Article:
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November is here, which means the holiday season is quickly approaching. With all of the excitement and festivities the holidays offer, they can be stressful, especially if you’re a caregiver.
Serving as a caregiver to a parent or loved one complicates our daily responsibilities, which is only compounded when the holidays roll around. Juggling everything is stressful and may tempt caregivers to indulge in some of the holidays’ unhealthy behaviors – such as drinking more alcohol, eating more, getting less sleep or exercising less. But there are ways to help cope with the holiday season and find more joy than stress this year.
Give yourself as much lead time as possible for any major holiday milestones – meals, parties or volunteer activities. Make and freeze meals ahead of time whenever possible to allow time to manage any last-minute hiccups that seem to always come with the season. Anticipate your holiday “hot buttons”, and recognize the early signs of stress or burnout so you can find ways to cope.
Cut yourself some slack. During the holidays, it’s easy to find yourself wanting to create the perfect holiday experience for those you love. If you’re a caregiver this year, remind yourself that you have less time, and that’s okay. Find ways to simplify the experience while still enjoying the spirit of the season. Whether it’s hosting a potluck dinner, substituting paper plates for china or scaling back on holiday decorations, find opportunities to simplify the process so you can focus on what’s most meaningful.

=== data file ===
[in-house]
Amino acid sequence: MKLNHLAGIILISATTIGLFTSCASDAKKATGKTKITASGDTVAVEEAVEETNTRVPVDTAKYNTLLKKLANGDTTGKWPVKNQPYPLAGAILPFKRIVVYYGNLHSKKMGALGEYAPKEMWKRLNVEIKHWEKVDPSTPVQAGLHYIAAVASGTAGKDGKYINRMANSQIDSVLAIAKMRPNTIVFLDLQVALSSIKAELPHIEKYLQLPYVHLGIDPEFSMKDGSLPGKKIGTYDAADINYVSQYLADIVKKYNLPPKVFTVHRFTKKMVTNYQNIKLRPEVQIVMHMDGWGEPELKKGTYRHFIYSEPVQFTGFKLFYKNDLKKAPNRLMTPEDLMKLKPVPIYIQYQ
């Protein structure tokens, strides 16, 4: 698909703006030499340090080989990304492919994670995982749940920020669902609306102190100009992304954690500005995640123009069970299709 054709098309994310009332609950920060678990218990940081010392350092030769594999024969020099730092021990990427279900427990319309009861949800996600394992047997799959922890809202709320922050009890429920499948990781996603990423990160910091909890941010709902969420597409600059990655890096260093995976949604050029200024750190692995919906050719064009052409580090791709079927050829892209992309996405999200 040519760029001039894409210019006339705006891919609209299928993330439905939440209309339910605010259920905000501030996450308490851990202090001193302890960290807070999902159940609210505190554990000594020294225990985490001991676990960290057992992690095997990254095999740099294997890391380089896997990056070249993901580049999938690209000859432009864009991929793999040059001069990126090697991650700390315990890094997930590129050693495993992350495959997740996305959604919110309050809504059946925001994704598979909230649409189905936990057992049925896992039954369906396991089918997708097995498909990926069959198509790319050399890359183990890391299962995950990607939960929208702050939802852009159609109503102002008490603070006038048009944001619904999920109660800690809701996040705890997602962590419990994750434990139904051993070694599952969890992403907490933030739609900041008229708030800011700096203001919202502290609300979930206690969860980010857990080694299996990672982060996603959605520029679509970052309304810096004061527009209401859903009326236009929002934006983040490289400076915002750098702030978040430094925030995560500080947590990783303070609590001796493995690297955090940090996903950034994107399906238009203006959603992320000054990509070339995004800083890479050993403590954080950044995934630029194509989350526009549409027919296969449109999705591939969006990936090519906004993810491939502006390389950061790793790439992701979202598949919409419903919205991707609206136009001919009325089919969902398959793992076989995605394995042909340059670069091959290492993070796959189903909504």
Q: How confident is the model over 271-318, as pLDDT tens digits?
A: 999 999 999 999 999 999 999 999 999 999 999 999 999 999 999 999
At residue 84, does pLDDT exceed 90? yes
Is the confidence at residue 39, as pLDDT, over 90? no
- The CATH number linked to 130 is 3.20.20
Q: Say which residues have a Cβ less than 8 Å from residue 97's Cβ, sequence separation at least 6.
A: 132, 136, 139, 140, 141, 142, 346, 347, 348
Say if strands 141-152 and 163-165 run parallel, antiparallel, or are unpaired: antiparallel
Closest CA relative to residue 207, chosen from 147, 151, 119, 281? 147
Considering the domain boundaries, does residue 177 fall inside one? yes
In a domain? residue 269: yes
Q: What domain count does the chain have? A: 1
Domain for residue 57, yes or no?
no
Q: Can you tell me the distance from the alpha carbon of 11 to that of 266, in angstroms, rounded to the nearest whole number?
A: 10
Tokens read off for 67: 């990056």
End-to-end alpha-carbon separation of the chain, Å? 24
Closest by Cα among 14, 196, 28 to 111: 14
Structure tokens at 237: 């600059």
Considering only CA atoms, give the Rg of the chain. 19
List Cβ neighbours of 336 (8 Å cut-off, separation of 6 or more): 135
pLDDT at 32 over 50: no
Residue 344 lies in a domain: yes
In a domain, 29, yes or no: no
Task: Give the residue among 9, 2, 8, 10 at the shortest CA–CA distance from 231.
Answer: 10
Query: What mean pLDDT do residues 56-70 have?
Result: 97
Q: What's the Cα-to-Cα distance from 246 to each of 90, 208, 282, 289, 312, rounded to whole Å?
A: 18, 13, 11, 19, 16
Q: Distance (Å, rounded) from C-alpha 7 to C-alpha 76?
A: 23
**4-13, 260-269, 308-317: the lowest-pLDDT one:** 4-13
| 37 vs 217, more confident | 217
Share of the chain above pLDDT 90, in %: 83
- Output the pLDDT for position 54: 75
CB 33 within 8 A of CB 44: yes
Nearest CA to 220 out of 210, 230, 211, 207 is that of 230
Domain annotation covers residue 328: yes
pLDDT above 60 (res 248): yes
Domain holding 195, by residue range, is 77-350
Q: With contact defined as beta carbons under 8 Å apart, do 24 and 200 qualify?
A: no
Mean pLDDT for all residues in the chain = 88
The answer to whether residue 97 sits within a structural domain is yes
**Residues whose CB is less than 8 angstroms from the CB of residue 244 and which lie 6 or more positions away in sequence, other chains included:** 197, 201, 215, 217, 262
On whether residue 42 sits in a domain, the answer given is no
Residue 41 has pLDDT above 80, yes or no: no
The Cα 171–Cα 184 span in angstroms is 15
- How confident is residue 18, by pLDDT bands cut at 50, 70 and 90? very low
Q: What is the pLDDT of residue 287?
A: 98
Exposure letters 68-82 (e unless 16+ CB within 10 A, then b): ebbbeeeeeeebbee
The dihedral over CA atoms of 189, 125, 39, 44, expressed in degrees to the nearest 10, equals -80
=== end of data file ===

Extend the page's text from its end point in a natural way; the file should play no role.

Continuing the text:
With everyone so busy during the holidays, find ways to connect and communicate with loved ones and other caregivers. Online message boards or the Caregivers in the Community (CINC) mobile app are great ways to find support when you need it. And don’t be afraid to ask for help from those closest to you. The holidays are not one person’s responsibility, so find ways to delegate to family members – especially when you’re often surrounded by helping hands. Just remember to communicate early and often to make sure everyone is prepared.
When you’re responsible for the health and wellness of others, it can be easy to put your needs on the bottom of your (seemingly never-ending) to-do list. This natural tendency is magnified during the holidays when self-care is most important. Find ways to incorporate healthy habits into your regular daily activities – staying healthy doesn’t need to be complicated. Whether it’s talking a walk through your neighborhood to see holiday decorations, dancing to holiday music or taking exercise breaks while wrapping presents, try to incorporate exercise into your routine without adding onto your schedule. And find time to check-in on yourself – quiet time to recharge is crucial with so much happening.
Whether it’s your first time as a caregiver this holiday season or not, find ways to connect with your loved ones this season. Making new traditions or reminding yourselves of the old ones will help make this time together special.
These articles present general information and are for informational purposes only. They are not a substitute for legal, financial, medical, or other professional advice.